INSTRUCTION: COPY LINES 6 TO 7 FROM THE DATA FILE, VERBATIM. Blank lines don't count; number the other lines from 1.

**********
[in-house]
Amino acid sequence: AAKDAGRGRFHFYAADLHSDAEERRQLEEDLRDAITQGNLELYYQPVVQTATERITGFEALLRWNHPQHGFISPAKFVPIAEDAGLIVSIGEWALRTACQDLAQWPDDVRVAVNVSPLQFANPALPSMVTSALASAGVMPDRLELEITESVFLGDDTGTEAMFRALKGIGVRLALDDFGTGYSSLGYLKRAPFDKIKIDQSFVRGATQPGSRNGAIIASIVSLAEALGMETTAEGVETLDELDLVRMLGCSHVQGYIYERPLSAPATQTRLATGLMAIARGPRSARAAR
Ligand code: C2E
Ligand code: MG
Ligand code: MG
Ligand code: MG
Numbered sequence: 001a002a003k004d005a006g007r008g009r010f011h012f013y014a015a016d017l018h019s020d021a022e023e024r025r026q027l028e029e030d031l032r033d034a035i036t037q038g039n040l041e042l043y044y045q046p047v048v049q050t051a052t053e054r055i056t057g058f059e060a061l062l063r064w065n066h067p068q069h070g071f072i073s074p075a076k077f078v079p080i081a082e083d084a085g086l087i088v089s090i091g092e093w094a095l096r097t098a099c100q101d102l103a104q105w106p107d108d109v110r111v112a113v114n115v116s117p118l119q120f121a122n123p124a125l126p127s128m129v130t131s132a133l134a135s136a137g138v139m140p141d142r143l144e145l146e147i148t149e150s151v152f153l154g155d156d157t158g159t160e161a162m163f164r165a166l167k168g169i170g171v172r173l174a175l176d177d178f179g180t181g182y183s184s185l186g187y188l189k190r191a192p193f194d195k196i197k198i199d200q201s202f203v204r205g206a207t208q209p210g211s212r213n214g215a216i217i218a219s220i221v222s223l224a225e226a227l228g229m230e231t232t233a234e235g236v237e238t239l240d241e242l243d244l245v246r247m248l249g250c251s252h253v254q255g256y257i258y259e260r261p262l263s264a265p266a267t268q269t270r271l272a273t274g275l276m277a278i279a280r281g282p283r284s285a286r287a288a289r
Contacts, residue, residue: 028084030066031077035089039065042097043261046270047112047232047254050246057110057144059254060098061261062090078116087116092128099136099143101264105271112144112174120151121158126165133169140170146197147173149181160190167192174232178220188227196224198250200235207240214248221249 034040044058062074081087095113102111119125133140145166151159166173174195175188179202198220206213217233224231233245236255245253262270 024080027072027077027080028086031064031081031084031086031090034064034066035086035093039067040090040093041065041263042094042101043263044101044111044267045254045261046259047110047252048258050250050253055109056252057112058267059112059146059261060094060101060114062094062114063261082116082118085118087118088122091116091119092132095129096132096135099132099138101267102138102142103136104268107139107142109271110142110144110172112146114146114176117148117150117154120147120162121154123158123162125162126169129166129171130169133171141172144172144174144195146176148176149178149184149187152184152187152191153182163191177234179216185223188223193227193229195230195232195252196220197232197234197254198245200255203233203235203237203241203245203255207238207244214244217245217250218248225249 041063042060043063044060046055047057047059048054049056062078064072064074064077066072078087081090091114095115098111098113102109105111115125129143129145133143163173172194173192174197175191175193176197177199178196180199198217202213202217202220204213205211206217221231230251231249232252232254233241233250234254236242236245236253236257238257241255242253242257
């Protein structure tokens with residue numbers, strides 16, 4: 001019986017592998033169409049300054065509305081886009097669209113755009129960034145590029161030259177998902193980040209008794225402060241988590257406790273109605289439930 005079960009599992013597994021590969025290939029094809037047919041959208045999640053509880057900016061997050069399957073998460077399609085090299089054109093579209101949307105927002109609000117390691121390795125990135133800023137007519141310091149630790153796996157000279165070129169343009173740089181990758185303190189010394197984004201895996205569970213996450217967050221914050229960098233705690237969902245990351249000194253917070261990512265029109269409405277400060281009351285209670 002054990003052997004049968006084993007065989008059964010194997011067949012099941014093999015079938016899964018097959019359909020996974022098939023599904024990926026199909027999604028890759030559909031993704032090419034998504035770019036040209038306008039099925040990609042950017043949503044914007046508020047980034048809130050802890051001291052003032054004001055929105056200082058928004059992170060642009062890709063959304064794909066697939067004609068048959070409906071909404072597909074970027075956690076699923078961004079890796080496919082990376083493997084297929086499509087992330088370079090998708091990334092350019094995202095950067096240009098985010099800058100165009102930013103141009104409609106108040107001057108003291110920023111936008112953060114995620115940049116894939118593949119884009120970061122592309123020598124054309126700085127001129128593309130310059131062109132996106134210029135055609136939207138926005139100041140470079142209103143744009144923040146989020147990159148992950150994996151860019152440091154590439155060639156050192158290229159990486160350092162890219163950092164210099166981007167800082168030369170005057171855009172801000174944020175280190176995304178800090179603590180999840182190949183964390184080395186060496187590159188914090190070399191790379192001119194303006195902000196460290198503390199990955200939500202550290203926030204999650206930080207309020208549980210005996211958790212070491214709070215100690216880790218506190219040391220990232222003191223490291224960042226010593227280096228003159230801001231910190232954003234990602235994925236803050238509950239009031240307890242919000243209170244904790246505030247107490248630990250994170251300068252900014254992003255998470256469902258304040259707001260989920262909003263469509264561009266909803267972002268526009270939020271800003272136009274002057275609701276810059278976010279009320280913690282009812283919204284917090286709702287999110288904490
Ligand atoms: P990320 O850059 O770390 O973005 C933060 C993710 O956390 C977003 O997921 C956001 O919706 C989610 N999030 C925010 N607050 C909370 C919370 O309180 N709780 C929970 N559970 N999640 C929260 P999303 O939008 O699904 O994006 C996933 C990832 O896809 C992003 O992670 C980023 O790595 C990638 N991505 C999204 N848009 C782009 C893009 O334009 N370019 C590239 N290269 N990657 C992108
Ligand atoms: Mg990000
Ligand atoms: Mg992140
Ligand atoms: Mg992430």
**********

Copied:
Ligand code: MG
Numbered sequence: 001a002a003k004d005a006g007r008g009r010f011h012f013y014a015a016d017l018h019s020d021a022e023e024r025r026q027l028e029e030d031l032r033d034a035i036t037q038g039n040l041e042l043y044y045q046p047v048v049q050t051a052t053e054r055i056t057g058f059e060a061l062l063r064w065n066h067p068q069h070g071f072i073s074p075a076k077f078v079p080i081a082e083d084a085g086l087i088v089s090i091g092e093w094a095l096r097t098a099c100q101d102l103a104q105w106p107d108d109v110r111v112a113v114n115v116s117p118l119q120f121a122n123p124a125l126p127s128m129v130t131s132a133l134a135s136a137g138v139m140p141d142r143l144e145l146e147i148t149e150s151v152f153l154g155d156d157t158g159t160e161a162m163f164r165a166l167k168g169i170g171v172r173l174a175l176d177d178f179g180t181g182y183s184s185l186g187y188l189k190r191a192p193f194d195k196i197k198i199d200q201s202f203v204r205g206a207t208q209p210g211s212r213n214g215a216i217i218a219s220i221v222s223l224a225e226a227l228g229m230e231t232t233a234e235g236v237e238t239l240d241e242l243d244l245v246r247m248l249g250c251s252h253v254q255g256y257i258y259e260r261p262l263s264a265p266a267t268q269t270r271l272a273t274g275l276m277a278i279a280r281g282p283r284s285a286r287a288a289r